Aromatherapy Love Notes

Aromatherapy Love Notes

We have all contemplated the concept of love at some point in our lives. During this time of year, some people find themselves thinking about romantic love because of Valentine's Day. While this may be true, the reality is that love presents itself in numerous ways. Reminiscent of a previous love, a love that you know exists but is not yet there, or a love that you know exists but has not yet arrived.

Hellen Keller could not have expressed it better for perfumers and aromatherapists; “Love is like a beautiful flower which I may not touch, but whose fragrance makes the garden a place of delight just the same,." Hellen Keller

The plant kingdom has provided us with a plethora of scents that have served as symbols of love and sensuality throughout history and literature.

Plants allow us to use their natural smells to describe our emotions and moods. Some of the most famous love stories in history have inspired these natural scent compositions.

An old medieval love song, Scarborough Fair, is one of my personal favorites when it comes to love songs. Simon and Garfunkel sang it in the 1960s.

"Are you going to Scarborough Fair? Parsley, sage, rosemary, and thyme, Remember me to one who lives there, For once she was a true love of mine."

These verses were created to express these plants, which not only rhymed with the phrases but also had hidden meaning at the time.

Thyme: It was once thought that a woman wearing thyme was alluring, and I am yours. 

Sage: It related to wisdom and was used to aid fertility and conception. It was also used to commemorate marriages and maintain home peace.

Rosemary: symbolized love and devotion;

Shakespeare wrote in Hamlet, "there is rosemary for recollection." It was common to use rosemary in love potions.

Renaissance Perfume Body Oil

(Inspired by the ballad of Scarborough fair)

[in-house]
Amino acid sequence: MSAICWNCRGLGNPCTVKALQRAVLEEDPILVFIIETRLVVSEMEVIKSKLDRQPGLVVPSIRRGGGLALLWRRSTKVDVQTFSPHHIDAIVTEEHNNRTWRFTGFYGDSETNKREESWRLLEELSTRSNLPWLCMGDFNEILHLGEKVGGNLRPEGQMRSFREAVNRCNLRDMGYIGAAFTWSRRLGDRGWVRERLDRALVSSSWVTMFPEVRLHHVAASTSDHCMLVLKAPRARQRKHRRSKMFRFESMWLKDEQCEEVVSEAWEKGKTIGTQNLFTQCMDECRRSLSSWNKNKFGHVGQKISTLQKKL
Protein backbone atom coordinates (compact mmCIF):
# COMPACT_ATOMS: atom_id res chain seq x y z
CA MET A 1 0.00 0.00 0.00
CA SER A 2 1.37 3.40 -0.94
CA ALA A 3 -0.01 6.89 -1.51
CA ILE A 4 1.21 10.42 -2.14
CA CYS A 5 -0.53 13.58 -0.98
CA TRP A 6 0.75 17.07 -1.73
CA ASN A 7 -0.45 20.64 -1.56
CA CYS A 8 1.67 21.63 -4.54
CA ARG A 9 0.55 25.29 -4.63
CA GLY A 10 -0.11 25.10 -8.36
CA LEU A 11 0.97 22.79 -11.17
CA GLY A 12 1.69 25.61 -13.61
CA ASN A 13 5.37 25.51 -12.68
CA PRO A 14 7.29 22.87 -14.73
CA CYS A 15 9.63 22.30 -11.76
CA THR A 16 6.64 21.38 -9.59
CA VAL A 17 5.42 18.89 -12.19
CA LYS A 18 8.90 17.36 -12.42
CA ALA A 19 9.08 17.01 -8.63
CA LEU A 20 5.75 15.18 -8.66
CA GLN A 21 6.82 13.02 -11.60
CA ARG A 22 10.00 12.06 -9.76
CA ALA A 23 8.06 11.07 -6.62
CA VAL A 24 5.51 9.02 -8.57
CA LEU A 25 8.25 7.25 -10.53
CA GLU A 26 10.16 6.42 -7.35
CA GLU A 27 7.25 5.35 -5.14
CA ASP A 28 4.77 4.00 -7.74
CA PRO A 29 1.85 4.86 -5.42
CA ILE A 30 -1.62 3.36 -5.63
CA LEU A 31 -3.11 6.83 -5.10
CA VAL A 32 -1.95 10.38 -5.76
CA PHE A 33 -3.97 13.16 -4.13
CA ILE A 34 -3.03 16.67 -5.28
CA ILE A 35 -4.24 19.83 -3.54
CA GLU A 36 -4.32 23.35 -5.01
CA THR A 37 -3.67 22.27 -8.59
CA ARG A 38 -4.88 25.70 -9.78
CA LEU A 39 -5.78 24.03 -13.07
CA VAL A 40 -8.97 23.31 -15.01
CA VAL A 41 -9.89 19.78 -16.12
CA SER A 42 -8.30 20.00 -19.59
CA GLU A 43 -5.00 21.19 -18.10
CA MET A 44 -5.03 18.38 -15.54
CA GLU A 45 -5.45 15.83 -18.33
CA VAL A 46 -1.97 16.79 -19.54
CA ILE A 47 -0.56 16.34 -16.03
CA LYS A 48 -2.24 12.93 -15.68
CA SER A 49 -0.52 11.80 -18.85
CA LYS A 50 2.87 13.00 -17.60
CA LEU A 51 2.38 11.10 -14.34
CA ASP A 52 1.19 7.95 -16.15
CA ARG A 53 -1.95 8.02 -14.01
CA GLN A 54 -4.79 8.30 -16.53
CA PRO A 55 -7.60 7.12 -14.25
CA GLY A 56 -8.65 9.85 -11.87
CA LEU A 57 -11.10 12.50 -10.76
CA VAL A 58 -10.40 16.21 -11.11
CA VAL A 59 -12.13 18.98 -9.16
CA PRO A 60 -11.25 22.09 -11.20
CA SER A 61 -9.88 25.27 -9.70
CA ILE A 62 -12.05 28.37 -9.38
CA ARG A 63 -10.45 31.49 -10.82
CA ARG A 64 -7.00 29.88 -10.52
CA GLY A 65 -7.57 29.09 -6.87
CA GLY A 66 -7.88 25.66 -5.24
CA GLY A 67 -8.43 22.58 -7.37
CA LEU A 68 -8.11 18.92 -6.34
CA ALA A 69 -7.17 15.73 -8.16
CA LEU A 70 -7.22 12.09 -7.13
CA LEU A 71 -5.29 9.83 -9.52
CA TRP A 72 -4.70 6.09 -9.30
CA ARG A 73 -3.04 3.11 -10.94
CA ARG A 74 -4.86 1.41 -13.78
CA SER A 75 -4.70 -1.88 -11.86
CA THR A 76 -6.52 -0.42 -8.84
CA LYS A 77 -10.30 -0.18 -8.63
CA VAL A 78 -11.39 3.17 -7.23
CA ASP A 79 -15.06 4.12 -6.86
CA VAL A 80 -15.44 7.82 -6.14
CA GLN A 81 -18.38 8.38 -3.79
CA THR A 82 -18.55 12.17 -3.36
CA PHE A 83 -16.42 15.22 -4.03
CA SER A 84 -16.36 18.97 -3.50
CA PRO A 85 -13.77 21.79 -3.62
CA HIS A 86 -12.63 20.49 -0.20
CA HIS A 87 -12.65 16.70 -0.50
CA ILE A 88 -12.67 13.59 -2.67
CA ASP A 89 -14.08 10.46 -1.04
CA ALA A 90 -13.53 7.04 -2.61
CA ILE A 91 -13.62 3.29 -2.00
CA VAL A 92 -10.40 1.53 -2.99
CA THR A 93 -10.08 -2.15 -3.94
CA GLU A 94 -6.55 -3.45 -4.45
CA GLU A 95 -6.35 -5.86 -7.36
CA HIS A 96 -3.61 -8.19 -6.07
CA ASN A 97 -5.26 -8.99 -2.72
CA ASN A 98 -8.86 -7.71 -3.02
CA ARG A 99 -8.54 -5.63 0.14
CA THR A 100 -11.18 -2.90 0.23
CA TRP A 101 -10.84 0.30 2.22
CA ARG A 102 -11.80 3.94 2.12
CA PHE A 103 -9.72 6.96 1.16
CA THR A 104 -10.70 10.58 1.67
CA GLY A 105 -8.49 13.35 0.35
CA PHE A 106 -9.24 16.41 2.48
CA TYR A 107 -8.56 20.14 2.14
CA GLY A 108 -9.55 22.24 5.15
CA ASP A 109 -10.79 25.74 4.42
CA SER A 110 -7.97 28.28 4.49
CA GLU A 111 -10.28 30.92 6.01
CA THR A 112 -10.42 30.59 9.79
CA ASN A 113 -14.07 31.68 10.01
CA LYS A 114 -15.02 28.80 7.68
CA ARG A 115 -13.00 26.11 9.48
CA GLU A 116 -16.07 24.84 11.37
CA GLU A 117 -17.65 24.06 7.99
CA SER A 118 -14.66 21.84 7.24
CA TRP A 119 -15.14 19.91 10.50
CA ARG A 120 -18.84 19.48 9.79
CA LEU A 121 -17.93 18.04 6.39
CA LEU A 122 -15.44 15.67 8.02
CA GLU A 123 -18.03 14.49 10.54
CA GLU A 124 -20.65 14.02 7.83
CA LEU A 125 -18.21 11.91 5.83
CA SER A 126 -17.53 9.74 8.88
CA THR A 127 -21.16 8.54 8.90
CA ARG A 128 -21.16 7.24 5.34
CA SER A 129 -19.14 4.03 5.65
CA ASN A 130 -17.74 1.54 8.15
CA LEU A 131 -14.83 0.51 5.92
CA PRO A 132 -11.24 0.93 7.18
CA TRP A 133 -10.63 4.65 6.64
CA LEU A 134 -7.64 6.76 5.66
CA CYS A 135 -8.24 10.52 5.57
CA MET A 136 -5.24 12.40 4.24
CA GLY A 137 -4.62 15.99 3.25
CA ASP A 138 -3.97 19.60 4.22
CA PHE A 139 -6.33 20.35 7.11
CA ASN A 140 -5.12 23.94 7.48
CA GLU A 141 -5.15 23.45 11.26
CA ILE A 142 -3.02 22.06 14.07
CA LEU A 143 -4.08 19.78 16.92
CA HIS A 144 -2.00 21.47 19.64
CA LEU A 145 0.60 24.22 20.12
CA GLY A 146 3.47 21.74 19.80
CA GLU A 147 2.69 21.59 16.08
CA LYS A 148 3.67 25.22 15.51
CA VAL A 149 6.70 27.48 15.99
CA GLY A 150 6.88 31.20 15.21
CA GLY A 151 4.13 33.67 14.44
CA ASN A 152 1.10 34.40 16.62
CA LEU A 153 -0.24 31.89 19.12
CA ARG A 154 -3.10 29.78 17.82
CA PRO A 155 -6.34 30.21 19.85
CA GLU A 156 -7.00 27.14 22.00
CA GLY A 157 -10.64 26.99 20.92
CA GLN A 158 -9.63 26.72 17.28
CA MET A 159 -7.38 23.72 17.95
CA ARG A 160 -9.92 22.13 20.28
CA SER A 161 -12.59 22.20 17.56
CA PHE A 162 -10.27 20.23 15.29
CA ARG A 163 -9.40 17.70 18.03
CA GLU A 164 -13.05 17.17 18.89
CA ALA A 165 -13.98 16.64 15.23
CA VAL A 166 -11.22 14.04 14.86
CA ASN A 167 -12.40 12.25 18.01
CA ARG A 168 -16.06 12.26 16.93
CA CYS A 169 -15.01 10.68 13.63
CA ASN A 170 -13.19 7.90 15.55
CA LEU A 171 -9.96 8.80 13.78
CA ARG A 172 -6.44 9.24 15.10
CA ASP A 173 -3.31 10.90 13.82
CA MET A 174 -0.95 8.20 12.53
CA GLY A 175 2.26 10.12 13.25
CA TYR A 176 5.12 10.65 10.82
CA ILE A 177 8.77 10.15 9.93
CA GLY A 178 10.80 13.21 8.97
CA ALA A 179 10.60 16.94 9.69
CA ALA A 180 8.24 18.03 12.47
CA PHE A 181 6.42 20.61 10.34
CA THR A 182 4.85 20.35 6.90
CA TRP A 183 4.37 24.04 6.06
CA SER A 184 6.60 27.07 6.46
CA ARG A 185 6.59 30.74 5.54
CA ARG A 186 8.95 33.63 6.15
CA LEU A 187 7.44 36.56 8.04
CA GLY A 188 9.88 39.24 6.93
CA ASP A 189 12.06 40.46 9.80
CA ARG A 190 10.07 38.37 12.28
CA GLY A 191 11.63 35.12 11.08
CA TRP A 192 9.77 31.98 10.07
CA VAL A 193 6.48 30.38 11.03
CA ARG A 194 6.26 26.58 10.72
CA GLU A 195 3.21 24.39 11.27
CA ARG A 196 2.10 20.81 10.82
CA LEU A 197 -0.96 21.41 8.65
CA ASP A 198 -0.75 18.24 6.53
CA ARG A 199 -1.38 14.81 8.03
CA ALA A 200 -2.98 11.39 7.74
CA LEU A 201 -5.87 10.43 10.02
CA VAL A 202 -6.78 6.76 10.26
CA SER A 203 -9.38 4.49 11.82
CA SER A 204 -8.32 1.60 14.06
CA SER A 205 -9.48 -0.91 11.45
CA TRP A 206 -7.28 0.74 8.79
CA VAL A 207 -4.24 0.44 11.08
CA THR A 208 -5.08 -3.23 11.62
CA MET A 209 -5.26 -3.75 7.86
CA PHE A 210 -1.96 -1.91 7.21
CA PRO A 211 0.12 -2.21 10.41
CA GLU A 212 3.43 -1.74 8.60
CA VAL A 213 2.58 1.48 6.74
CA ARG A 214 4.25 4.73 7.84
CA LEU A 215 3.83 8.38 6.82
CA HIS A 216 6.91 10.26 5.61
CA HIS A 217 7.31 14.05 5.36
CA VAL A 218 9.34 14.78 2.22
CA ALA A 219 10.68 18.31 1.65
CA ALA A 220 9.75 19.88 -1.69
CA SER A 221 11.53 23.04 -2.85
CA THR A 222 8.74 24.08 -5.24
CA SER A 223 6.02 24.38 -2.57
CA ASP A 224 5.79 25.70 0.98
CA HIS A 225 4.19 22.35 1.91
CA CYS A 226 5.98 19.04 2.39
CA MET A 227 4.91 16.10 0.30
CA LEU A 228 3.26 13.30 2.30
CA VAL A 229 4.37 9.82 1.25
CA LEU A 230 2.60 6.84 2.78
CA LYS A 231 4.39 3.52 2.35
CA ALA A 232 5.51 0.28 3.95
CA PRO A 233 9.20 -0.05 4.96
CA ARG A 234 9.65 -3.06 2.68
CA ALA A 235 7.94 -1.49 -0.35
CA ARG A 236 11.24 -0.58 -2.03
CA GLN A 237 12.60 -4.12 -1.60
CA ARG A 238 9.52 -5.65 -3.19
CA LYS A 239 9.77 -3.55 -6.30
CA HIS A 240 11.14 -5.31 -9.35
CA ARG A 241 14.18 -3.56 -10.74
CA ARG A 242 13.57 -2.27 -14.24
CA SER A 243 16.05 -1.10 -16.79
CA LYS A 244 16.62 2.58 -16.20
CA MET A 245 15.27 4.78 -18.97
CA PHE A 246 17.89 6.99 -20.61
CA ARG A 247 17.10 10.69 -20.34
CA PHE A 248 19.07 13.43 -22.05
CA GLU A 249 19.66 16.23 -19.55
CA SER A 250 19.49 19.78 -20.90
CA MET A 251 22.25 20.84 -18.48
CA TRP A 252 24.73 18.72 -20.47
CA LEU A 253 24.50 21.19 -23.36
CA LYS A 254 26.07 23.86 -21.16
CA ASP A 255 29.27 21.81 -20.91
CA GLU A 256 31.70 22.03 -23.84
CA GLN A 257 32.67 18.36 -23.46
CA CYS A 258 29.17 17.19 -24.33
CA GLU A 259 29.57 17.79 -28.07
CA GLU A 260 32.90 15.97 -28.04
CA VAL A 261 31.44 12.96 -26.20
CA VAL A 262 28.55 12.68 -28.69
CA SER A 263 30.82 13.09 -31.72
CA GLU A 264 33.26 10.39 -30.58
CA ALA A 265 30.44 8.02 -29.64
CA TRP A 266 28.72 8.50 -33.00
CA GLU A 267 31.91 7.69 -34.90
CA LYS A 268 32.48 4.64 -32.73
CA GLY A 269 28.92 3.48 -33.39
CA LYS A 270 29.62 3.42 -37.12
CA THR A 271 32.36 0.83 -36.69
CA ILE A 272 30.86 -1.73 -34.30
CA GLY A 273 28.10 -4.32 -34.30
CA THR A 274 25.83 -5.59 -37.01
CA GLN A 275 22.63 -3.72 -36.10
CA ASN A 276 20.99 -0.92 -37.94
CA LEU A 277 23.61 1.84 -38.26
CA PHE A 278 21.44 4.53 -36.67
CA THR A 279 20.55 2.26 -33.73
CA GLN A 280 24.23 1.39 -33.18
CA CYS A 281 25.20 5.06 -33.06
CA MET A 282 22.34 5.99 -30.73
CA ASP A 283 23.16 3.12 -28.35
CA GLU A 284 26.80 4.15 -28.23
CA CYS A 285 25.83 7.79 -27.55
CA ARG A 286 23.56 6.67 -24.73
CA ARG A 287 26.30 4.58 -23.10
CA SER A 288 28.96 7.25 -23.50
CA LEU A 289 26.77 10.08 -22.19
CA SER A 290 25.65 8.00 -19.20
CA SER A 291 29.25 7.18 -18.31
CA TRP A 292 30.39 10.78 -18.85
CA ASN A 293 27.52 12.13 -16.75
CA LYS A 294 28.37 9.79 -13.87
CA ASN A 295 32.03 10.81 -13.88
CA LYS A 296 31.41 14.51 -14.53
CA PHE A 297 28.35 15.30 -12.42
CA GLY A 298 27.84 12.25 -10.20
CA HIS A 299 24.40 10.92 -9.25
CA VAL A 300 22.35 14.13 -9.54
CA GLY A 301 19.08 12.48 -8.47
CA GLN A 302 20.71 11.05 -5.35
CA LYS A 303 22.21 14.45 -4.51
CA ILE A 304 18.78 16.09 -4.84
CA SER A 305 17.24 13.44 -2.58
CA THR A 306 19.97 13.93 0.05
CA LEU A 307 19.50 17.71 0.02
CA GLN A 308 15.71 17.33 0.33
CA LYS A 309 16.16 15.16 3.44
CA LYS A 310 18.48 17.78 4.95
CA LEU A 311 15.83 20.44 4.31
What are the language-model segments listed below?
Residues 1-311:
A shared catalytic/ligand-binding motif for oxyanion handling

• 1 drop of Clary Sage essential oil
  • 1 drop Rosemary essential oil
  • 1 drop Sweet Thyme essential oil
  • 5 drops of Rose absolute
  • 50 mls of Jojoba
  • Blend ingredients and put into a perfume bottle.  Use as perfume body oil 

When Cleopatra used the Jasmine aroma on her body to seduce Anthony, she was known for her seductive ways and art of seduction.

The jasmine blossom emits perfumes at night, which is especially noticeable around the full moon. Jasmine's ethereal aroma has long been connected with enlightened sensuality between partners.

Feminine Seduction Body Oil   

Inspired by myths about Cleopatra and her seduction of Anthony)

  • 60 mL of Argan
  • 6-8 drops of Jasmine Sambac
  • 1 drop of Myrrh

Blend argan oil and essential oils and pour into a glass bottle. Massage on the entire body after shower or bath. (If you have sensitive skin cut the dilution of essential oils in half)

"A rose by any other name would smell as sweet." William Shakespeare

This great passage from Romeo and Juliet showed how love is expressed through the fragrance of nature's most beautiful creation, "The Rose." "Not every rose is created equal." The Bulgarian Rose Otto essential oil is the result of distillation and has a mature sensuous smell. The Rosa Centifolia, on the other hand, transcends a gentle full-bodied innocence.

Putting together a bouquet of the two types of roses will highlight each aroma.

Rose Oil Perfume Body Oil

Inspired Shakespeare's Iconic story of love Romeo and Juliet
  • 3 drops of Rose Otto
  • 2 drops of Rose Absolute
  • 60 mls of Jojoba
  • Allow to sit for a few days
  • Blend and use as the perfume. Anoint the pulses.



Brainy Quote. (2018). Rose Quotes - BrainyQuote. [online] Available at: [Accessed 14 Feb. 2018]. (2018). Why Does the Song Scarborough Fair Say "Parsley, Sage, Rosemary, and Thyme?" - [online] Available at: [Accessed 14 Feb. 2018].

Forêt, R. (n.d.). Alchemy of herbs.

Quote Ambition. (2018). 50 Famous Helen Keller Quotes. [online] Available at: [Accessed 14 Feb. 2018].


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